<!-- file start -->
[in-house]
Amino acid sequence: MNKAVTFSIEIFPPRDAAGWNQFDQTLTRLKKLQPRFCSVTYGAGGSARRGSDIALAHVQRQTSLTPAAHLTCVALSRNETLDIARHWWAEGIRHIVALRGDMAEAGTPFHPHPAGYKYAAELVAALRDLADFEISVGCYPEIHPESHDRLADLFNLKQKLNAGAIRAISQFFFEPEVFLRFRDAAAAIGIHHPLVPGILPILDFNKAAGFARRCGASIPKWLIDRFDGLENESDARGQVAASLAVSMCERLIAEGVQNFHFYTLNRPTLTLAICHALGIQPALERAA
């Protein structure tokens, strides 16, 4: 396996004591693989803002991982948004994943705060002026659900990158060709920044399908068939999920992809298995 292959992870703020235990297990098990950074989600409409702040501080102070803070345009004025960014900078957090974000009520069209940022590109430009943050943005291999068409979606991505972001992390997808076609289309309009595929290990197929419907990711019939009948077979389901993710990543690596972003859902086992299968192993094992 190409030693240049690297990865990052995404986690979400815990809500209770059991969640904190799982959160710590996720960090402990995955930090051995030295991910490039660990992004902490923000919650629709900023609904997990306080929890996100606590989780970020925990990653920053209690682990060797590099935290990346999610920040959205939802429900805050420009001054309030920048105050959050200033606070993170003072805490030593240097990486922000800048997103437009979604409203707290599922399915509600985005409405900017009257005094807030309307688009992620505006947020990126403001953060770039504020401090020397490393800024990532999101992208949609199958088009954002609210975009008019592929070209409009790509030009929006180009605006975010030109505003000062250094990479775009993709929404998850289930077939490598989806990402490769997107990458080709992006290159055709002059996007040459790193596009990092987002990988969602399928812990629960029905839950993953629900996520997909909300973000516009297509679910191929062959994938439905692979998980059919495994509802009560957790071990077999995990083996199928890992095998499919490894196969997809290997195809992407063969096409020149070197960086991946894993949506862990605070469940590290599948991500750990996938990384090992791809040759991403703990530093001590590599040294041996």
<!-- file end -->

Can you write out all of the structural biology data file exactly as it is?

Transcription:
[in-house]
Amino acid sequence: MNKAVTFSIEIFPPRDAAGWNQFDQTLTRLKKLQPRFCSVTYGAGGSARRGSDIALAHVQRQTSLTPAAHLTCVALSRNETLDIARHWWAEGIRHIVALRGDMAEAGTPFHPHPAGYKYAAELVAALRDLADFEISVGCYPEIHPESHDRLADLFNLKQKLNAGAIRAISQFFFEPEVFLRFRDAAAAIGIHHPLVPGILPILDFNKAAGFARRCGASIPKWLIDRFDGLENESDARGQVAASLAVSMCERLIAEGVQNFHFYTLNRPTLTLAICHALGIQPALERAA
């Protein structure tokens, strides 16, 4: 396996004591693989803002991982948004994943705060002026659900990158060709920044399908068939999920992809298995 292959992870703020235990297990098990950074989600409409702040501080102070803070345009004025960014900078957090974000009520069209940022590109430009943050943005291999068409979606991505972001992390997808076609289309309009595929290990197929419907990711019939009948077979389901993710990543690596972003859902086992299968192993094992 190409030693240049690297990865990052995404986690979400815990809500209770059991969640904190799982959160710590996720960090402990995955930090051995030295991910490039660990992004902490923000919650629709900023609904997990306080929890996100606590989780970020925990990653920053209690682990060797590099935290990346999610920040959205939802429900805050420009001054309030920048105050959050200033606070993170003072805490030593240097990486922000800048997103437009979604409203707290599922399915509600985005409405900017009257005094807030309307688009992620505006947020990126403001953060770039504020401090020397490393800024990532999101992208949609199958088009954002609210975009008019592929070209409009790509030009929006180009605006975010030109505003000062250094990479775009993709929404998850289930077939490598989806990402490769997107990458080709992006290159055709002059996007040459790193596009990092987002990988969602399928812990629960029905839950993953629900996520997909909300973000516009297509679910191929062959994938439905692979998980059919495994509802009560957790071990077999995990083996199928890992095998499919490894196969997809290997195809992407063969096409020149070197960086991946894993949506862990605070469940590290599948991500750990996938990384090992791809040759991403703990530093001590590599040294041996």